Finding Their Way onto Vinyl – & On to the Movies
The Astronauts Land a Recording Session
Collectors have pondered how Boulder Colorado’s Astronauts came to first record on the New York Palladium label – So I contacted the local expert, Colorado Blogger (and Dentist) Doc Krieger
“This is the story Jim Gallagher told me years ago for an article I wrote for Discoveries.
Bob Demmon, Jim Sellars, John “Stormy” Patterson, Jim Gallagher where the Boulder band the Stormtroupers (have seen it as one or two words and spelled Troopers and even Tropers in one old ad but Stormy insists it was with the “u” as in a team of players). Bob was in the Sigma Nu Fraternity at CU and so was journalism student Doug Looney (future Sports Illustrated writer) who loved the band and wrote and article about them for the Sigma Nu magazine. It is said that Stan Zabka of Palladium records in Chicago read the article and was interested in recording them but only if they changed their name which they did to the Astronauts since one of the original 7 NASA ‘nauts was Scott Carpenter who was from Boulder as well.
The guys needed a song to record so Stormy wrote the rocker “Come Along Baby” and for the flip he decided to sing “Trying To Get To You” which Elvis and Roy Orbison recorded but Ricky Nelson popularized. The guys took the Zephyr from Denver’s Union Station to Chicago where they waxed the songs then came back home. It came out on Palladium B 610. The date I have always heard and read is 1962 for all this however I have seen one reference to 1961 so you decide.”
Off to the Movies
The Astronauts found their way into Hollywood via five youth oriented surf type films. The Astronauts were in more films than any other surf-era band.
“Surf Party” – 1964 – 20th Century
This movie was the Astronauts first venture into Hollywood. The movie starred Bobby Vinton, Jackie DeShannon and a long list of young non notables. The Astronauts were joined by The Routers providing music and portraying themselves. “Firewater” had all the marks of a true Astronaut track – shown below.
“Wild on the Beach” – 1965 – 20th Century Fox
This film was the debut vehicle for Sonny & Cher. Actors included Sherry Jackson, Frankie Randall, Gayle Caldwell and Jackie Miller. The Astronauts perform four songs in the movie including “Little Speedy Gonzalez”, “Pyramid Stomp”, “Snap It” and “Rock This World”. Here they are performing “Rock This World” and “Speedy Gonzales”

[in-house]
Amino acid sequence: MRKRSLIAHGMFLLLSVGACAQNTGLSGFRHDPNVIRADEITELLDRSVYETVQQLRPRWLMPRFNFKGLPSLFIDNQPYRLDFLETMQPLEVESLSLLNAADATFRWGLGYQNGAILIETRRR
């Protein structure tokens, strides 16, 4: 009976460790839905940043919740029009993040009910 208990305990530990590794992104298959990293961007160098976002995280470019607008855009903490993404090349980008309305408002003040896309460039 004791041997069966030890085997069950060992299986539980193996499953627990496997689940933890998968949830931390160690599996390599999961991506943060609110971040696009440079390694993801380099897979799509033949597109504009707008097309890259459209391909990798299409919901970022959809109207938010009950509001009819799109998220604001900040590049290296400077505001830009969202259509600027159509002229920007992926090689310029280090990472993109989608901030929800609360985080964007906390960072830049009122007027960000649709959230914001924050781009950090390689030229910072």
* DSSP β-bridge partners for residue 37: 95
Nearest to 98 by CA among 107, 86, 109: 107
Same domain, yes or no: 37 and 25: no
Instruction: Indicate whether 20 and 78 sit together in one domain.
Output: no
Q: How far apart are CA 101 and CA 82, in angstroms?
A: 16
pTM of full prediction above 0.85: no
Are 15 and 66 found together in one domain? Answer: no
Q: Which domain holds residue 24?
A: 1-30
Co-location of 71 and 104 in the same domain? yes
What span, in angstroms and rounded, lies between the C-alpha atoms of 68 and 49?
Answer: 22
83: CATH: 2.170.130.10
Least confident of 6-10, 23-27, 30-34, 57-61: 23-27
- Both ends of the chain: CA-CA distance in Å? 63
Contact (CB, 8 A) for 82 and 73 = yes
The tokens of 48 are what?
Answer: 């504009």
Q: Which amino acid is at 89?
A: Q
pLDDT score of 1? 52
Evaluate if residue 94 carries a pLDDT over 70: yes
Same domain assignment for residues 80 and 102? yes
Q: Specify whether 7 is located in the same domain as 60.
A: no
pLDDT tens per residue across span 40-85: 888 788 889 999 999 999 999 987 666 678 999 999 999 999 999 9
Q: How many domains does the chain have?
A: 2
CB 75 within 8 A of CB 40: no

“Out of Sight” – 1966 – RCA Victor
This one was loaded with talent and I am sure the Astronauts were proud to be included with the likes of Gary Lewis & The Playboys, The Turtles, Freddie & The Dreamers, The Knickerbockers, and Dobie Gray. A very goofy movie with mostly a musical cast. The trailer below from the movie briefly shows all the groups and acts.
“Wild, Wild Winter” – 1966 – Decca
This time the surfers take to the ski slopes (pre-snow board) with lead actors Gary Clarke and Chris Noel. Clarke was best known for his role on Television’s “The Virginian” where he portrayed Steve Hill. Clarke started off way back in an early episode of TV’s “Sky King”. Noel starred in several lesser known movies and for a brief time in the early 1970’s fronted a hastily put-together folk group – “Quilt”.
The Astronauts joined Jay & The Americans, The Beau Brummels, Dick & Dee Dee and Jackie & Gayle in the musical cast for this adventure. Jackie Caldwell & Gayle Miller had been members of the Folk group The New Christy Minstrels. Jackie also acted in “Wild on the Beach”. She had earlier been married to New Christy Minstrel founder Randy Sparks.
Post Note: Lee Hazelwood & The Astronauts
The Astronauts owe their biggest single success to composer, producer, performer Lee Hazelwood who penned their charting single “Baja” which premiered on their 1963 long play “Surfin’ with the Astronauts”. Hazelwood apparently intended the track for guitarist Al Casey a session player who early on played on Hazelwood’s composition “The Fool” recorded by Sanford Clark. Casey would go on to become a member of the famed session musicians “The Wrecking Crew” who often backed Phil Spector acts on Philles Records.